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Angling & Recreation

Although The Rivers Trust and the rivers trust movement has its origins in angling and fisheries, it is wrong to construe rivers trusts as just fisheries. However, we make no apology for promoting angling as an activity and consider its role is encapsulated by quoting from the Environment Agency’s website - “ Angling is good for our health, the economy and the environment. ”

From the rivers trust movement perspective, we share the Environment Agency’s desire for more people, from more backgrounds, to go fishing more often. It is important both economically and socially, as well as providing the “eyes and ears” to protect the environment. The Environment Agency estimates that over 4 million people go fishing each year and we agree wholeheartedly with its aim of increasing this number so that “More people will care for, use, appreciate and enjoy their environment.”

The Environment Agency has produced a range of fishing reports which can be readily accessed from its website home page and following the “Fish” link on the menu on the left hand side of that screen. In particular we provide a direct link to its publications Fishing for the future - Angling 2015

Salmonid 21c
Salmonid 21C was an initiative launched in 2000 to develop agreement on how we manage and conserve wild salmon, trout and sea trout stocks in the UK and Ireland in the twenty first century. Click here to open the Salmonid 21c mini-site will open in a new window.

The issues have remained the same, and in 2006 the Salmonid 21C committee decided to re-launch a short CD version the purpose of which is to:

(i) engage salmon, trout and sea trout anglers in the issues affecting salmonid fisheries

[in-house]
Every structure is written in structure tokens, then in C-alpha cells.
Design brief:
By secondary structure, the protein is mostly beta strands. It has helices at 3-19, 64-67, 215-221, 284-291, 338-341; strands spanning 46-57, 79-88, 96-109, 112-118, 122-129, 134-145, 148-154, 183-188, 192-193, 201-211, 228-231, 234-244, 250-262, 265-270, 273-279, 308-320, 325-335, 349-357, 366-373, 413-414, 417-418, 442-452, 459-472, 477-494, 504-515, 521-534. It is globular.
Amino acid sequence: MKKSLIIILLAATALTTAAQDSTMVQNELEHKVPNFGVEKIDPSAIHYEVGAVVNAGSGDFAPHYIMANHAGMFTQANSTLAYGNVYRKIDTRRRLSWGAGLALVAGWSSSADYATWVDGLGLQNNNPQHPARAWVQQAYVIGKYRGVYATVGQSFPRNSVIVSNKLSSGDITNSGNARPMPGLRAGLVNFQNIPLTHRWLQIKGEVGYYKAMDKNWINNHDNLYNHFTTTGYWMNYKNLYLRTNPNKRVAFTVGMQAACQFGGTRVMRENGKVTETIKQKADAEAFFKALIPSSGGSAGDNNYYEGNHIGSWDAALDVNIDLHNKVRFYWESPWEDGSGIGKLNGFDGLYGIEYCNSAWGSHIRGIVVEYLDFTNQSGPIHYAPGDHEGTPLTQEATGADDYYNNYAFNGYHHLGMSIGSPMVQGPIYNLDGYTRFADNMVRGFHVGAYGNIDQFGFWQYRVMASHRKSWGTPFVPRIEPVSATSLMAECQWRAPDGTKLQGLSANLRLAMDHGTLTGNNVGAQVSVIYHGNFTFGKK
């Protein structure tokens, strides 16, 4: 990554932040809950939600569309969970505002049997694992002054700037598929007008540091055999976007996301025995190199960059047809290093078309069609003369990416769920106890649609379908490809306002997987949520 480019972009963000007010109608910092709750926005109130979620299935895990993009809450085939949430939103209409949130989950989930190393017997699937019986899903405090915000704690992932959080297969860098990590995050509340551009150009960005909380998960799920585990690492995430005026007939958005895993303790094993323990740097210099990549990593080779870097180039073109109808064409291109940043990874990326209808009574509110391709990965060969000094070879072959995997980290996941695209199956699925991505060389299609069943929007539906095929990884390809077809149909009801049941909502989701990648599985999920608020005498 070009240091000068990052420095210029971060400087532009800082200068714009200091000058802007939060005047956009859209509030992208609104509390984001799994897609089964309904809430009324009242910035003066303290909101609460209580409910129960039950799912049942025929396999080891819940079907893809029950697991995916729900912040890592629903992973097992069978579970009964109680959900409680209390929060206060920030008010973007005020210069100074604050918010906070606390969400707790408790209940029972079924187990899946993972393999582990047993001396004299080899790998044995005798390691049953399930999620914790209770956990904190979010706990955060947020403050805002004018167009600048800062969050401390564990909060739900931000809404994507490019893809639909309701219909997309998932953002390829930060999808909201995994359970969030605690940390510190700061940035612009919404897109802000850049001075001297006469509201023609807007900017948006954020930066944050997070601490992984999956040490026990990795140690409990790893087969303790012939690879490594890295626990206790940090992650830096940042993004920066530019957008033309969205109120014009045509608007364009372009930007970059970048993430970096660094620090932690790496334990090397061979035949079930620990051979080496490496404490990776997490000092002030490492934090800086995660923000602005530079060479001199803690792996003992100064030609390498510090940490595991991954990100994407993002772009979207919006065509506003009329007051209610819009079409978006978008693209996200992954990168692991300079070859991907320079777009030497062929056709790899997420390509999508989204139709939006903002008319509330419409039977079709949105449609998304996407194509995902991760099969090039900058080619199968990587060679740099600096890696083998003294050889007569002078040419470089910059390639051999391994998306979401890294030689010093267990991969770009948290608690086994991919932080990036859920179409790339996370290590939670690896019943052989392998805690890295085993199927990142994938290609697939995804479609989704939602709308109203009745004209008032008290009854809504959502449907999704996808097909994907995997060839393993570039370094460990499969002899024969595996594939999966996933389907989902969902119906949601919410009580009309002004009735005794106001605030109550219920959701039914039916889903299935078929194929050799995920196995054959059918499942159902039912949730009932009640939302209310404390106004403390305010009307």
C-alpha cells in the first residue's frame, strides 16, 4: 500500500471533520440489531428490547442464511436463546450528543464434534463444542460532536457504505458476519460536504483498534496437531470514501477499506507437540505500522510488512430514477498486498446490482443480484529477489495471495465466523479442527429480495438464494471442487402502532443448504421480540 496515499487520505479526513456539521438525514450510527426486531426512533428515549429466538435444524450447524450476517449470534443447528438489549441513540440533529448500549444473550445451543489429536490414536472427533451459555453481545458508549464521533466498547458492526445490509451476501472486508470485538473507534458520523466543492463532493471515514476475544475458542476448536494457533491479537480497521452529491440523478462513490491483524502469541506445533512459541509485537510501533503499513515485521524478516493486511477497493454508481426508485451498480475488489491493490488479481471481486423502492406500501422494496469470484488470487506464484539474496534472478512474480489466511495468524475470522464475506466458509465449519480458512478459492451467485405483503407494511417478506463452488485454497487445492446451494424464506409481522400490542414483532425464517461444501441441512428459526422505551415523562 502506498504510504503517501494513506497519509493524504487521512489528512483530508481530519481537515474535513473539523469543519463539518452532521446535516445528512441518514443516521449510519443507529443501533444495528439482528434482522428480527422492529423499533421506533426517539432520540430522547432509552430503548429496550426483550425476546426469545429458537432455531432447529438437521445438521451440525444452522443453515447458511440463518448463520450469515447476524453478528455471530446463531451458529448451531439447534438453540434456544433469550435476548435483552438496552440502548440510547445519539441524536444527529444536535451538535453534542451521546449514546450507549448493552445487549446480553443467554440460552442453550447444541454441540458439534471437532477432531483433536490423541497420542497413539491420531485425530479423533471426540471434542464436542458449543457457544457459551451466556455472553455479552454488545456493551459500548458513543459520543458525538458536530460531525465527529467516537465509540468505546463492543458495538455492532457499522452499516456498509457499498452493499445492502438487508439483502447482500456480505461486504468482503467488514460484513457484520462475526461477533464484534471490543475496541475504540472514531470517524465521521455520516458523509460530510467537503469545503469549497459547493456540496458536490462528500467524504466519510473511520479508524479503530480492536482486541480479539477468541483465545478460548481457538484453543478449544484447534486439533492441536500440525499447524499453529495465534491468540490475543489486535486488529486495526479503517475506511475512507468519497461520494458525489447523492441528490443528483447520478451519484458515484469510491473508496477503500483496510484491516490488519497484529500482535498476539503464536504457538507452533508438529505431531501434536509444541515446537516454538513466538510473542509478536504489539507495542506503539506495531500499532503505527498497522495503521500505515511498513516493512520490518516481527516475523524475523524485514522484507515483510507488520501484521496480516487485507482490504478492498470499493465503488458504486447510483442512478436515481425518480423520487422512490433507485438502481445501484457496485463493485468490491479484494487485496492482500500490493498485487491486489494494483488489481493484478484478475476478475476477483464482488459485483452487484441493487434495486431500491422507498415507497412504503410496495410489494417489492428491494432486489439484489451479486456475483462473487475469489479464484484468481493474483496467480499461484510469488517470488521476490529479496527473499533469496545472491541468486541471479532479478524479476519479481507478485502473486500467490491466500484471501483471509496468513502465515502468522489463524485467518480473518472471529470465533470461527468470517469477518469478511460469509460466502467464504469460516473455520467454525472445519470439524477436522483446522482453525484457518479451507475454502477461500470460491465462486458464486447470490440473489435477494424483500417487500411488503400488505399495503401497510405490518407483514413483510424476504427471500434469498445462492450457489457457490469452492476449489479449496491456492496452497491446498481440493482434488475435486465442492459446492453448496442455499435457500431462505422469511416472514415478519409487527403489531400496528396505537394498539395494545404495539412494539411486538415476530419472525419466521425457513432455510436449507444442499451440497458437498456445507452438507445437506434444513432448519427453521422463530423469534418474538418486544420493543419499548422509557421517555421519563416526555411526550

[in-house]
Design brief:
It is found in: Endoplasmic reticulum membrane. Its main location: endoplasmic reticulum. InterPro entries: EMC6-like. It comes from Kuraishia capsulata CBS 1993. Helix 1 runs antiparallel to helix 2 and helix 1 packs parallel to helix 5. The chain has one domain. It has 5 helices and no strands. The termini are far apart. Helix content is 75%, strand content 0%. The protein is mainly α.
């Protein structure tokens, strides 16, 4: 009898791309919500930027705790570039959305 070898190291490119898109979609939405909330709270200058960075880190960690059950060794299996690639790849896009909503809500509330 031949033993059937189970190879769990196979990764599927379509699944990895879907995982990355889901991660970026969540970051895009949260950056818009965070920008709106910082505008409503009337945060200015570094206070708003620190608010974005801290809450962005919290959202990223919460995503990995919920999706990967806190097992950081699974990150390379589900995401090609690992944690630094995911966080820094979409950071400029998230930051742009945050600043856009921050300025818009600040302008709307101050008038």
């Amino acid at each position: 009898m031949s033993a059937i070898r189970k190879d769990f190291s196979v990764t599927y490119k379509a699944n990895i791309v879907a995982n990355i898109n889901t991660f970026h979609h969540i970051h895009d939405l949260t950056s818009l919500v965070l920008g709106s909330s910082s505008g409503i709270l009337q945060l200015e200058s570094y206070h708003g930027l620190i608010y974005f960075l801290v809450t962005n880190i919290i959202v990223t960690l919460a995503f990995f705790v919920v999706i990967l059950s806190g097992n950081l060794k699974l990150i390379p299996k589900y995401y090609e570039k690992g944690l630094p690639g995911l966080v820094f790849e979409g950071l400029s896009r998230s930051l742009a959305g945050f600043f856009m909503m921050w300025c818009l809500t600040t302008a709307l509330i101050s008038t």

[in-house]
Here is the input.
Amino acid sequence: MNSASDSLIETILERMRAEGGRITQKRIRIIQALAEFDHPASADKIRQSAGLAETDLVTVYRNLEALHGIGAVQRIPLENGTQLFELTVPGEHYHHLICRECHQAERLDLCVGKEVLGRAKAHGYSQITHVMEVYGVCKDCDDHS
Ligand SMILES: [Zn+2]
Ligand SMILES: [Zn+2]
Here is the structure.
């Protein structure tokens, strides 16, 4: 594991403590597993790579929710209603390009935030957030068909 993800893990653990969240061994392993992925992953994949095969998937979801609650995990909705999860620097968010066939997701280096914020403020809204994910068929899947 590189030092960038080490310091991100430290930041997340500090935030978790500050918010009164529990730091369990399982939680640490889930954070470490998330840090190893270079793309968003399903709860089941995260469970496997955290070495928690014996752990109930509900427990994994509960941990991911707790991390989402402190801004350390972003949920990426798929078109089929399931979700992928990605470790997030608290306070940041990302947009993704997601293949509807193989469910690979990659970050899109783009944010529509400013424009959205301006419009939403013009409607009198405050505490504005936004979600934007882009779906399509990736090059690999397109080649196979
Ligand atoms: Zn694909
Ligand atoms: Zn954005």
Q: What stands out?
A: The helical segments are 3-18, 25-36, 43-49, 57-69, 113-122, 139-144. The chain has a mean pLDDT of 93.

(ii) make them aware of the options available to improve their fisheries

(iii) encourage them to play an active part in pursuing these options

The CD presentation, which is designed to be shown at angling club meetings, or whenever a group of interested people are gathered together, should take about 20 minutes depending on how much additional local information the presenter chooses to use in order to illustrate points, and ample time should be added for questions / discussion. Free copies of the CD are available from

Angling Passport Schemes
One way in which rivers trusts have engaged anglers is through the provision of angling passport schemes. The schemes have the common principle of exchanging tokens purchased from the issuing rivers trust for the right to fish beats within its scheme on a day-ticket basis. The requisite tokens are posted in a box at the beginning of the day and are subsequently collected for reconciliation and payment to the fishery owner at a later date. The advantage for the angler is that it is a flexible day ticket opportunity to fish many different and generally under-fished beats. The advantage for the fishery owner is that it is co-operative marketing approach, with low costs and minimal administration burden.

Further details can be obtained visiting the Wild Trout Fishing web site

Gyrodactylus salaris
Gyrodactylus salaris is a parasite that infects salmonids and leads to the drastic eradication measure, undertaken with mixed success in Norway, of effectively poisoning the whole river and killing not only the parasite, but everything else too. Clearly, prevention is better than cure, and RT commissioned the Tweed Foundation to prepare a biosecurity notice and guidance related to Gyrodactylus Salaris. The notice can be freely downloaded and used for educational or campaigning purposes by clicking on the following link Gyrodactylus Salaris (File size: 31kb - File format: Adobe PDF).

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